|UK Release Date||9th January 2015|
|Reviewed||11th January 2015|
I caught Bennett Miller (Capote, Moneyball)’s latest somewhat despite myself at last year’s LFF. A drama based on a true story I’d never heard of, revolving around the world of professional wrestling, it stood out predominantly due to an almost unrecognisable Steve Carell in the central role. Suffice to say, I was glad a got over myself and pressed on with it.
A presumably much better known tale on the other side of the Atlantic (let’s be honest, wrestling isn’t exactly a national pastime over here), Foxcatcher is based on the true story of American billionaire and heir John du Pont (Steve Carell), who, amongst other things decided to establish his own wrestling facility for team USA in order for them to replicate their showing from 1984 at the 1988 Olympics in Seoul.
Du Pont picks up down at heel gold winning wrestler Mark Schultz (Channing Tatum), a man struggling to make ends meet after a successful showing, along with his brother Dave (here played by Mark Ruffalo) at the 1984 Olympics. Dave has transitioned better following his success, now a family man happily coaching wrestlers. Mark spends his time scratching for cash by speaking in schools and has seemingly abandoned any ambitions for future Olympic success.
The arrival of billionaire du Pont into Mark’s life brings with it a wealth of possibilities for the young wrestler but also a wealth of suspicion and he is soon seduced by the helicopter rides and the stunning training facilities put together at du Pont’s mansion. Du Pont is clearly a man desperate to put his family's famous name to something he can claim as his.
Carell's du Pont is absolutely Oscar bait but that shouldn't detract from what is an astonishing transformation. Pale, slightly overweight and puffy of face, Carell is borderline unrecognisable. His du Pont is mortifyingly lonely, spoilt and forever in the shadow of his elderly mother. It’s a wonderfully nuanced performance, du Pont is both comedic and tragic and Carell keeps him buttoned up perfectly. One minute obsessing over the branding of his team, the next creepily suggesting nicknames for his protege to use for him, he teeters brilliantly between hugely sympathetic and mentally unstable, we are never sure how quite to take du Pont and this builds a palpable tension whenever the character is interacting with anyone.
Once he recruits Schultz to his team, the two make a horribly dysfunctional pair. One, cowed under the weight of loneliness brought about by unimaginable wealth, the other forever feeling beholden to a caring brother and fellow wrestler who brought him up from a child. Tatum plays his taciturn charge well, a combination of impressive wrestling prowess and childlike dependancy. His pent up, frustrated ambition chimes with du Pont’s neediness making a dangerous relationship. And in the less showy (in an already unshowy movie) role of the reliable, well adjusted brother, Ruffalo is perfectly at home. Bulked up and thoroughly bearded, his Dave is the stoic, almost overbearing role model in young Mark’s life. It’s a difficult role given the power of the central two but Ruffalo is more than capable for it and his Dave is the emotional, family led core as the darkness swirls around.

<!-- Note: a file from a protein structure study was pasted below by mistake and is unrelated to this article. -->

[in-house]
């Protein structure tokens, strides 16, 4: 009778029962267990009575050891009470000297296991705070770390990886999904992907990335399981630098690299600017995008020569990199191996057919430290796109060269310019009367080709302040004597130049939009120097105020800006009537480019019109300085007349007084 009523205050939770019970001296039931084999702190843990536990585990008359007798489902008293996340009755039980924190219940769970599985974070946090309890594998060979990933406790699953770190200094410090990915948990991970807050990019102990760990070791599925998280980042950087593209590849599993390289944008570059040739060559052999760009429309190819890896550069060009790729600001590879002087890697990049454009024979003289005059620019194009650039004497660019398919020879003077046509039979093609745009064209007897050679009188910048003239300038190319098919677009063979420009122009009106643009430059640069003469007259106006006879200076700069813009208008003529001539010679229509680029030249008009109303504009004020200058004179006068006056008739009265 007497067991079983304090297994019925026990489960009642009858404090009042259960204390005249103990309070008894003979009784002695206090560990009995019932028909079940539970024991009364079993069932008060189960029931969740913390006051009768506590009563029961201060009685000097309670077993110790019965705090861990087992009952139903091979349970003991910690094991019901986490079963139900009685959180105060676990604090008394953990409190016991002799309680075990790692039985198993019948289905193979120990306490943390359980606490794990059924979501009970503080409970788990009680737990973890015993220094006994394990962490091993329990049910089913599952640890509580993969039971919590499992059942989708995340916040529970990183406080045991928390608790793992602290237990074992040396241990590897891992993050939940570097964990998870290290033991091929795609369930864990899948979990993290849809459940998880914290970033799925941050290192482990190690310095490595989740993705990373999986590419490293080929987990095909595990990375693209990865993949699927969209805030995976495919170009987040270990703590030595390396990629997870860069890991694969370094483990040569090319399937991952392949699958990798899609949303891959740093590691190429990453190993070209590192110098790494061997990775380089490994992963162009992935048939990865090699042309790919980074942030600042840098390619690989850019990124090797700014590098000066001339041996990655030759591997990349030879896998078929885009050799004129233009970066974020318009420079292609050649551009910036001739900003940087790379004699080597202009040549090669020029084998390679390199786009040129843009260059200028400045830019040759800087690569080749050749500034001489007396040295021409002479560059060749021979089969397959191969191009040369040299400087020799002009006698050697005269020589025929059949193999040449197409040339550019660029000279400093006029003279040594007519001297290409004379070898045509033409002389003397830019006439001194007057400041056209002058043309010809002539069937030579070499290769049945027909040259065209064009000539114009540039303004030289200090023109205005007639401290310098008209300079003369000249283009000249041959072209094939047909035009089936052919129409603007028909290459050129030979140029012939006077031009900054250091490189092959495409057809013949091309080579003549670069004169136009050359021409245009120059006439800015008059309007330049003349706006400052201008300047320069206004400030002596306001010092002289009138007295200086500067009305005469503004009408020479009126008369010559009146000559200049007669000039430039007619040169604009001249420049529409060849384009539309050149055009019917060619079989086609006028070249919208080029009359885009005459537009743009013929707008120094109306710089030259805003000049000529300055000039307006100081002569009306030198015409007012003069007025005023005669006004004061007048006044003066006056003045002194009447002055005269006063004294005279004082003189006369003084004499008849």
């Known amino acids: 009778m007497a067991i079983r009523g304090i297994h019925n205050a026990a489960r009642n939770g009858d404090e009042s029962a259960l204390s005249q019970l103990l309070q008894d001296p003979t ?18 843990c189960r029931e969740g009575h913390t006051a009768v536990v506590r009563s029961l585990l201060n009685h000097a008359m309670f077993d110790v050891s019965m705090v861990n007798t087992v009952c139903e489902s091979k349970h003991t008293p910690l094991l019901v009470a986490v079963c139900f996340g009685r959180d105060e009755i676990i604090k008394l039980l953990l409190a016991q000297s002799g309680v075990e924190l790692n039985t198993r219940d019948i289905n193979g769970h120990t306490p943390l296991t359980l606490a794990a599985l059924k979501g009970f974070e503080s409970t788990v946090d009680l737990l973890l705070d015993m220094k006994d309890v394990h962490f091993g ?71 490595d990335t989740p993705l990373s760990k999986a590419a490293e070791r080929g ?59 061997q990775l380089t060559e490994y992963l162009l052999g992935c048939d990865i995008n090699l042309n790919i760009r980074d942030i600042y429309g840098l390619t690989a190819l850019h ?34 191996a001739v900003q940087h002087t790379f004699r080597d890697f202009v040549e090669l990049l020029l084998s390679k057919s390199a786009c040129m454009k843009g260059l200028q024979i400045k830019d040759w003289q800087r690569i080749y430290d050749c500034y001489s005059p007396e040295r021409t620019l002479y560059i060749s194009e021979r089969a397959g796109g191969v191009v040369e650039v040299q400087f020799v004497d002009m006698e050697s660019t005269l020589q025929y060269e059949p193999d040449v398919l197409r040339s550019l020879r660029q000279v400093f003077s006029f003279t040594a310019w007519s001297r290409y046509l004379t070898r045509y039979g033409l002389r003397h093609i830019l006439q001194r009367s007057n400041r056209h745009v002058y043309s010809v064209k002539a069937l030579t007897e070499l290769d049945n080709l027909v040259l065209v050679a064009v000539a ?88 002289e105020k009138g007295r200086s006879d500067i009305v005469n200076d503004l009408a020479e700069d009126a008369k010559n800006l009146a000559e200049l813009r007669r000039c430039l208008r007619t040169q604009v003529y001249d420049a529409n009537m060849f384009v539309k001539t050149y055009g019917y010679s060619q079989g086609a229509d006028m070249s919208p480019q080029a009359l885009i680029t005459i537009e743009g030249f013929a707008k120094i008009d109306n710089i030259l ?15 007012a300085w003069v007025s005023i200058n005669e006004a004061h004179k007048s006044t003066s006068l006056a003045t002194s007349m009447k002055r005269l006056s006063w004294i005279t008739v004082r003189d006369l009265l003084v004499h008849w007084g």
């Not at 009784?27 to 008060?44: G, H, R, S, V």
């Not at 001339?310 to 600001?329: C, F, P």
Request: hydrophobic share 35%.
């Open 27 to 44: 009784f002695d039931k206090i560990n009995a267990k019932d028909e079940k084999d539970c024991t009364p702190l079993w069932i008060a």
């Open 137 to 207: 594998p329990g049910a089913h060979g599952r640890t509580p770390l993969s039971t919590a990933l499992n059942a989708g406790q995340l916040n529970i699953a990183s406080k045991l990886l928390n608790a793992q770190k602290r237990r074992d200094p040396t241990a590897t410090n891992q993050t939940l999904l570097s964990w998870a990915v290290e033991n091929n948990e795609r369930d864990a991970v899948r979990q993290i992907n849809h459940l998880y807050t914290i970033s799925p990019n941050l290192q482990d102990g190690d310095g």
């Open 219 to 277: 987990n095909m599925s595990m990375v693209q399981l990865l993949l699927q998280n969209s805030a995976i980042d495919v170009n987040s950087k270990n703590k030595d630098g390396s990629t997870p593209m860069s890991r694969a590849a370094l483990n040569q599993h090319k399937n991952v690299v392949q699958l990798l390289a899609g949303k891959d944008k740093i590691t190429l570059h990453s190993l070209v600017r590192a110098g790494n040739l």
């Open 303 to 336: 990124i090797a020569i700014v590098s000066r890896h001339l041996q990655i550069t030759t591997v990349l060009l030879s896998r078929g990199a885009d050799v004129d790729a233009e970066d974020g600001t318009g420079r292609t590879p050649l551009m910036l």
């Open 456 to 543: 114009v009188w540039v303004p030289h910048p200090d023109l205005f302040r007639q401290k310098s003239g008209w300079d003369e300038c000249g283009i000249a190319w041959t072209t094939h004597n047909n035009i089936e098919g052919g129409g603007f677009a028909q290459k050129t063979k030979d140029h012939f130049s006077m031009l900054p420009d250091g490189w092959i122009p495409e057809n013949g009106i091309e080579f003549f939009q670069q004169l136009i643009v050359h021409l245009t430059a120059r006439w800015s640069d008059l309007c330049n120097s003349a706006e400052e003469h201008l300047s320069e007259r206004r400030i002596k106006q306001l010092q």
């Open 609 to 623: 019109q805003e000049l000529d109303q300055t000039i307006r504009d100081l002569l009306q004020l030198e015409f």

Miller plays his hand in this movie in a very careful way. Everything is amped up but somehow muted, there is so much repressed, bubbling under the surface that an explosion seems inevitable, even for those unfamiliar with the horrible climax. The wrestling bouts between the two brothers, often used as a substitute for language, are tense, low key affairs. The two men circling like repressed apes, sizing each other up before grappling almost elegantly with each other. It’s a powerful metaphor for the emotions that neither man can properly verbalise.
Despite its Oscar worthy ambitions, Foxcatcher is certainly not a showy movie. At its heart it's a story of crushing loneliness, even amongst a tight knit family. It has little to offer beyond its three main characters - Sienna Miller is given almost nothing to do as Dave’s wife and although hugely significant to the plot, we get to see very little of Vanessa Redgrave as Jean du Pont, but that's not entirely a criticism. This is a movie not afraid to take its time and one that avoids showy set-pieces to its absolute credit. Miller has crafted an impressively tense atmosphere and, particularly if you aren’t familiar with the real life events that this is based on, a movie that will shock you out of your seat.
Check out the trailer here.